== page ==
Our Recommendations

Whether you’re an old-pro or a novice skier, plan to spend at least some of your trip at one of Southern Vermont’s spectacular ski mountains. With three peaks just minutes from Seesaw’s Lodge, you’ll find options for everyone, and our next-door neighbor Bromley is a great place to start. With family-friendly trails and a progressive terrain park, the mountain is perfect for those with kids in tow. Snag first chair at Stratton to enjoy more than 97 trails—or the resort’s bustling village, if shopping is more your style—and schedule an afternoon at Londonderry’s Magic Mountain for an authentic, small-town skiing experience, picturesque lift rides, and tubing fun.
All three mountains are beloved by snowboarders as well, and while you’re here in the heart of Peru, consider spending an afternoon with the folks at Powderjet Snowboards to shop for a new hand-crafted board, or design your own! And if you enjoy skiing up the hills too, schedule a session at Peru’s Wild Wings Ski & Yoga to fly through the trees on thousands of acres of groomed trails on a pair of cross-country skis. Sign up for one of owner Tracy’s phenomenal yoga classes to craft the perfect winter itinerary, and hit Peru’s sections of the Catamount Trail if backcountry skiing or snowshoeing are more your thing. For the snowshoeing type, you can drop onto the Appalachian Trail which runs over the top of Bromley and head to Styles peak or Peru Peak (both more than 3,300 feet high) and, for those with an adventurous spirit, also venture out into the hinterland to Griffith Lake.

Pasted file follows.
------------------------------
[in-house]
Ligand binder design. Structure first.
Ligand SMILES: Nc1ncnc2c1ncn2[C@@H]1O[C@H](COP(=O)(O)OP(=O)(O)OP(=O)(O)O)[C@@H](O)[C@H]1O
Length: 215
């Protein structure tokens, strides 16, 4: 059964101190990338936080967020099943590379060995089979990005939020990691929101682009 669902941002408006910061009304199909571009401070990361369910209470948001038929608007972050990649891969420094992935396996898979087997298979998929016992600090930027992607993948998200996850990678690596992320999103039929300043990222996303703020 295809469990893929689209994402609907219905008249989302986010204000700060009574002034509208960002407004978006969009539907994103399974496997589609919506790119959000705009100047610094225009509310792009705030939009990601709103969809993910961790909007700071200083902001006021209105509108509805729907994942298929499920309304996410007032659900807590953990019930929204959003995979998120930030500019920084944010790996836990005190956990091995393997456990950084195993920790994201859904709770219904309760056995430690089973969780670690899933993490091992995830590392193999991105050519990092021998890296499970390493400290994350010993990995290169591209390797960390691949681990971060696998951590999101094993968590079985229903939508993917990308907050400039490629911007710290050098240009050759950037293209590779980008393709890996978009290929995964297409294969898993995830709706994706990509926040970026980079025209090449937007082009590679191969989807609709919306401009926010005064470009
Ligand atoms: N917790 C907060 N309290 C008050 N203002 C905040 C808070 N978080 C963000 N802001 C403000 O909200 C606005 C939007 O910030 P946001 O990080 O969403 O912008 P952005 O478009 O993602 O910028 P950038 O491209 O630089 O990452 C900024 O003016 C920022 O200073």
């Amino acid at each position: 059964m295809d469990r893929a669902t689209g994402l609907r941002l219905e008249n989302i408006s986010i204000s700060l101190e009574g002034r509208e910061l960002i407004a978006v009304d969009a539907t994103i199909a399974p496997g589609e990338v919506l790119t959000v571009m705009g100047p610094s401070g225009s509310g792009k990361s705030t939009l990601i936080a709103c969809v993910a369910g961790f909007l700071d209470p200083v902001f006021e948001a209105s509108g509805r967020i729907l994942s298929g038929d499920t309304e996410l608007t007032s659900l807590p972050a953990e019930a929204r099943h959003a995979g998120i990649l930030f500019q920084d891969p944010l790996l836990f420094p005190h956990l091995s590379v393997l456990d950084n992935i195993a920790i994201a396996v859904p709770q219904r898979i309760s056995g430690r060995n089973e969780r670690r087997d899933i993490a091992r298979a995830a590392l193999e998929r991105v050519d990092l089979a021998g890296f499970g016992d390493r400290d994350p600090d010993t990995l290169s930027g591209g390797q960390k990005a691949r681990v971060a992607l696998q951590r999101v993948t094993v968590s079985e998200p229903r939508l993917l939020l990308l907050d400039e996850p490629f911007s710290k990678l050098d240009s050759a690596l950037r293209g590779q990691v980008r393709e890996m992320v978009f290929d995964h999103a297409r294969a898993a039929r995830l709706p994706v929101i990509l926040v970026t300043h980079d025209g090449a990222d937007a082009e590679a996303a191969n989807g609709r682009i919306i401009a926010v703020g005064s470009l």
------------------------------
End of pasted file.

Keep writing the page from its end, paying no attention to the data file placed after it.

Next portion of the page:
Before the day begins, however, you’ll want to fuel up with a phenomenal breakfast sandwich from Bromley Market (order it on the Portuguese muffin, and we promise you won’t be disappointed!), walking distance from Seesaw’s Lodge. Table service your preference? Head around the corner to J.J. Hapgood’s General Store and Eatery for impeccable cuisine and fresh pressed juice alongside a plethora of Vermont souvenirs and goodies to bring back home. Though the mountains have become more technologically advanced, the après-ski experience we’ve carefully crafted at Seesaw’s Lodge remains stuck in time just as you would imagine: a classic open fire outside by the warming hut and pond with hot rum toddies and Vermont beer flowing. If you make it off of the mountain in time, don’t miss the breathtaking sunset that can be seen right from our front door—standing against the backdrop of Bromley, the panoramic views of both Stratton and Magic are even more stunning in the wintertime. sunset at seesaws lodge Then roll into dinner at Johnny Seesaw’s and warm up by the same fireplace with the copper cutout hood that has watched over generations and fed the soul, reveling in the stories that abound from a day on the mountain, growing into tall tales by late evening. Later, head down to the game room for classic arcade games, pinball, shuffleboard, and pool before you head up to the lodge or the cabins to cap off the day. family playing games in seesaws lodge While Bromley Run looks a little different today than it did in 1933, the spirit that has drawn generations of skiers to Seesaw’s hasn’t changed a bit. bromley mountain 1960s